The first step you must take to choose the right credit card for bad credit is to figure out exactly where your credit stands. Can you open a credit card account at all? Or is it just hard for you to open a credit card with a low interest rate? This is important; this score will determine which type of credit card account you should open.
You can view a copy of your credit score and history for free, online. Everyone is entitled to one free copy of their credit score each year. Once you have a copy of your score (you can visit AnnualCreditReport.com to obtain a copy) take a look at where it stands. This will determine the next course of action.
Credit score range and meaning
- 850-750: Excellent
- 749-700: Very Good
- 699-650: Good
- 649-600: Average
- 599-550: Poor
- 549-300: Very poor
A poor credit score means you failed to make a decent amount of your payments on time. The good news is, you can probably get it back to average standing in about a year or two, as long as you are diligent about raising your credit score. Of course it depends on what your credit score is. If it is very poor, you will need to give it a longer period of time before you can see changes in your score.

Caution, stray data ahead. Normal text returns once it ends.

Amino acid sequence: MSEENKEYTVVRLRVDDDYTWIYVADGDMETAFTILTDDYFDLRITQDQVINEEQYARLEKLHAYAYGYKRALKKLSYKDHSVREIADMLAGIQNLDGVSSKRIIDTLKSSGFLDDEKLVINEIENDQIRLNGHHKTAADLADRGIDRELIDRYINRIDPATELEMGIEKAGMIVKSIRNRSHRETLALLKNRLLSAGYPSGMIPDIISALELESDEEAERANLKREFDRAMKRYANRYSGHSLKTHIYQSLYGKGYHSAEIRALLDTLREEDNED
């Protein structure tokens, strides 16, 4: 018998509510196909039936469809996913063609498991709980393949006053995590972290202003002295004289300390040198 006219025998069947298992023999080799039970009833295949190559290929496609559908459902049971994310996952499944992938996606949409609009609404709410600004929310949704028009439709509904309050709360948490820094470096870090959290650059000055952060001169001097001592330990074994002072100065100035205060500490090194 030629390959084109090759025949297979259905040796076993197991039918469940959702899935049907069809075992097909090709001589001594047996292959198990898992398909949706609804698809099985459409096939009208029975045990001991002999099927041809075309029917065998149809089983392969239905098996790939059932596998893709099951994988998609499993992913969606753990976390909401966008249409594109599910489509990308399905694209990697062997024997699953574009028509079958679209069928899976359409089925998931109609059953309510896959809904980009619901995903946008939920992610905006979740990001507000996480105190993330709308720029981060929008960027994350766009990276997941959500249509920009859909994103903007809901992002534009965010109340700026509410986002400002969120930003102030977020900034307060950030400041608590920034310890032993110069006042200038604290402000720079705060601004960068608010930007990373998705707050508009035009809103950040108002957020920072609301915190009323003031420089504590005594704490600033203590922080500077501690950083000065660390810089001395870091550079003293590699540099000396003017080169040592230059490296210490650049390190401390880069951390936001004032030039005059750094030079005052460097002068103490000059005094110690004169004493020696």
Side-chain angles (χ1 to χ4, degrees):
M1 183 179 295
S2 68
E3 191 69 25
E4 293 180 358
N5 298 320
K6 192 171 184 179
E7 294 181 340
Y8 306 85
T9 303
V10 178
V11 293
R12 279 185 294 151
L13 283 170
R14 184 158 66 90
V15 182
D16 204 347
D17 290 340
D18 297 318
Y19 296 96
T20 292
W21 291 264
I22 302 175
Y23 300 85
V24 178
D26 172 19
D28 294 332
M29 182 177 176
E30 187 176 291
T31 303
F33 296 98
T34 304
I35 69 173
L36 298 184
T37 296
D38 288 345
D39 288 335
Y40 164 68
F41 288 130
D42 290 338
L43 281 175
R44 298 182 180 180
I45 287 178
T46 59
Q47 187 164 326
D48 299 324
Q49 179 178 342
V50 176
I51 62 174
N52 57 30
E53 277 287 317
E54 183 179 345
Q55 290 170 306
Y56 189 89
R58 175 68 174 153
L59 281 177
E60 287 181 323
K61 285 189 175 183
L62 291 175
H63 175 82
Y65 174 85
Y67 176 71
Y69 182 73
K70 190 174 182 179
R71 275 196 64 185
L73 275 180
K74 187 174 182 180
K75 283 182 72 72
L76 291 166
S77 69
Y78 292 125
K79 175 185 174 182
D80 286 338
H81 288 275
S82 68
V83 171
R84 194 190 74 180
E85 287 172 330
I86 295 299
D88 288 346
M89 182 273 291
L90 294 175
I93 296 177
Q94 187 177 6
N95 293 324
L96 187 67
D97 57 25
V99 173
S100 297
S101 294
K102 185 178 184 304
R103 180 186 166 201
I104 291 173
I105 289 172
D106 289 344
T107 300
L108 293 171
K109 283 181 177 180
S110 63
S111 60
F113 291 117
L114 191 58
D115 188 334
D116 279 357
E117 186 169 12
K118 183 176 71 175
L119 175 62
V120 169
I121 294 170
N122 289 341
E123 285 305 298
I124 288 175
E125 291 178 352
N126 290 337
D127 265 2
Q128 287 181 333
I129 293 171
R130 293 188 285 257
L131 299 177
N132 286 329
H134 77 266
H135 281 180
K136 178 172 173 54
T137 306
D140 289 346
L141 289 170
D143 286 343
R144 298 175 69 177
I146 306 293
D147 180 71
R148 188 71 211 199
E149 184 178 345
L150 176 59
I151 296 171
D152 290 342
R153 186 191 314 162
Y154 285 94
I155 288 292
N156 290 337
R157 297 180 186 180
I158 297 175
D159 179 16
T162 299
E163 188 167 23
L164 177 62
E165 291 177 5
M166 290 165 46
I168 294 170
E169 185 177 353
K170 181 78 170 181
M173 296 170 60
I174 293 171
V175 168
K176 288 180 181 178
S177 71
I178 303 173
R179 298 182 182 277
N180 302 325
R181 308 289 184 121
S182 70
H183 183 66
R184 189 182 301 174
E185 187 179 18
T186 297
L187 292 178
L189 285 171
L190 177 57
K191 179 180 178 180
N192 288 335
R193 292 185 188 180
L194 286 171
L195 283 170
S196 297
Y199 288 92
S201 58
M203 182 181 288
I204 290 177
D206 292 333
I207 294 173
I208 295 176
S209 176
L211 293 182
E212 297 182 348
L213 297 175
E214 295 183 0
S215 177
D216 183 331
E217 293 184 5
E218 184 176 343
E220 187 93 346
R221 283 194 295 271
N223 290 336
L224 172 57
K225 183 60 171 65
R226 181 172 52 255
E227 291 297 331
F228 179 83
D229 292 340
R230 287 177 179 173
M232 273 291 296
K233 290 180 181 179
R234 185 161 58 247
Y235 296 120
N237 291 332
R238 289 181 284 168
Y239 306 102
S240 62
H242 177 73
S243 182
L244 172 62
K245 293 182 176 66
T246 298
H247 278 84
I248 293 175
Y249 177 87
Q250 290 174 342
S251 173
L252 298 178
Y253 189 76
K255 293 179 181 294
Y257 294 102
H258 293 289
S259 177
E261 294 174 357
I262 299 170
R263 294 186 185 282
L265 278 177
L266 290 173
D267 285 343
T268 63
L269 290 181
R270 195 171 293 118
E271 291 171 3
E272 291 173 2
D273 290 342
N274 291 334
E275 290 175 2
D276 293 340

A bad credit score tells lenders you did to make the majority of your monthly payments on time. A low score greatly limits your options to open a new credit card, but that does not mean you cannot open one entirely. If you have received offers for credit cards in the mail, be weary, as the terms of opening a new credit card might come with things like annual fees and a high interest rate.
Choosing a credit card
The purpose of opening a new credit card is to help you reestablish your credit score so that it is in good standing. By opening a new line of credit and paying your monthly bills and debt on time, you can slowly work your way to an average or better credit standing.
There are two types of credit card options for those with bad credit -- with the first type being a secured credit card. The second is a balance transfer credit card. Both come with unique features that can help a person rebuild his or her credit.